# Peculiar feature of a commutator, can anyone explain?

• haitao23
In summary, the conversation discusses the issue of Hermiticity of L_3 on a space of functions with finite norm on a finite interval. D. Judge has pointed out that L_3 is not Hermitian and there is a flaw in the argument. W. Louisell has suggested that using \sin(\phi) and \cos(\phi) may be more consistent than using \phi. The speaker also mentions the importance of being careful about conditional convergence when taking traces of products of infinite dimensional matrices and the need to express \phi in the l,m basis.
haitao23
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You've happened upon a very tricky issue indeed! I've got a couple of papers to point you to.

It has been pointed out by D. Judge1 that $L_3$ is not Hermetian on a space of functions that have finite norm on a finite interval. Since $\phi\in(0,2\pi )$, that is exactly what we are dealing with here. Since you tacitly used the Hermiticity of $L_3$ to evaluate those matrix elements, there is a flaw in your argument.

I didn't think of this myself, it is mentioned as a footnote in Problem 9.15 in Liboff's Introductory Quantum Mechanics. In that problem he brings up another inconsistency issue with this commutator (maybe I'll post it if you're sufficiently interested and and I'm feeling sufficiently ambitious). He mentions that W. Louisell1 has pointed out that "more consistent angle variables are $\sin(\phi)$ and $\cos(\phi)$."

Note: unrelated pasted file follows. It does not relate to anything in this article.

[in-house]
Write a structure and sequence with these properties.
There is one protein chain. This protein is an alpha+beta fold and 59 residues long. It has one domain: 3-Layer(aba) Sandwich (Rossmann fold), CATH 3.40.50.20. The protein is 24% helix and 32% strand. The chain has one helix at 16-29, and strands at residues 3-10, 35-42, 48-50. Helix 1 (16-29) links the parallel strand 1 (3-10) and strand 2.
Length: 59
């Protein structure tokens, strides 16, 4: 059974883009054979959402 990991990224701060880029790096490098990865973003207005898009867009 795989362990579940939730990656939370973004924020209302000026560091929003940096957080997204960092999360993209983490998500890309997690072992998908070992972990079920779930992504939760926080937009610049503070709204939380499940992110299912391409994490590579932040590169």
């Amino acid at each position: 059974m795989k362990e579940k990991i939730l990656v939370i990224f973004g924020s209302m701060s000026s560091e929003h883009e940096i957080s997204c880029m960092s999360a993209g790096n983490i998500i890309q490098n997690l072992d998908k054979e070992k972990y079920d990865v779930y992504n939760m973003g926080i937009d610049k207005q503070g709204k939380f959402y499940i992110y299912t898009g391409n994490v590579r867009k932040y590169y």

1D. Judge, Nuovo Cimento 31, 332 (1964)
2W. Louisell, Phys. Lett. 7, 60 (1993)

Hope that helps,

Tom

You are taking traces of products of infinite dimensional matrices. When you do this, you must be careful about conditional convergence. If you are not using the coordinate represntation, then what do you mean by $\phi$? You must first express $\phi$ in the $l,m$ basis, and then you will see that your "coordinate independent" conclusion is not so obvious.

## 1. What is a commutator and what is its purpose?

A commutator is a mechanical component found in certain types of electric motors. Its purpose is to reverse the direction of current flow in the electromagnets, which in turn causes the motor to rotate in a specific direction.

## 2. How does a commutator differ from a slip ring?

A commutator and slip ring both serve the same purpose of reversing current flow, but they differ in design. A commutator consists of copper segments fixed to the rotor of a motor, while a slip ring is a continuous ring with a metal brush making contact with it.

## 3. What is the role of brushes in a commutator?

Brushes are small carbon pieces that make contact with the commutator segments. They allow the flow of current from the external power source to the commutator, which then transfers it to the electromagnets.

## 4. Why is it important to have a well-functioning commutator in an electric motor?

A well-functioning commutator ensures that the motor runs smoothly and efficiently. If the commutator is damaged or malfunctioning, it can cause the motor to overheat, wear out faster, and even stop working altogether.

## 5. What are some common issues that can occur with a commutator?

Some common issues with a commutator include wear and tear of the segments, buildup of debris or dirt, and faulty brushes. These can lead to poor motor performance, overheating, and potential motor failure.

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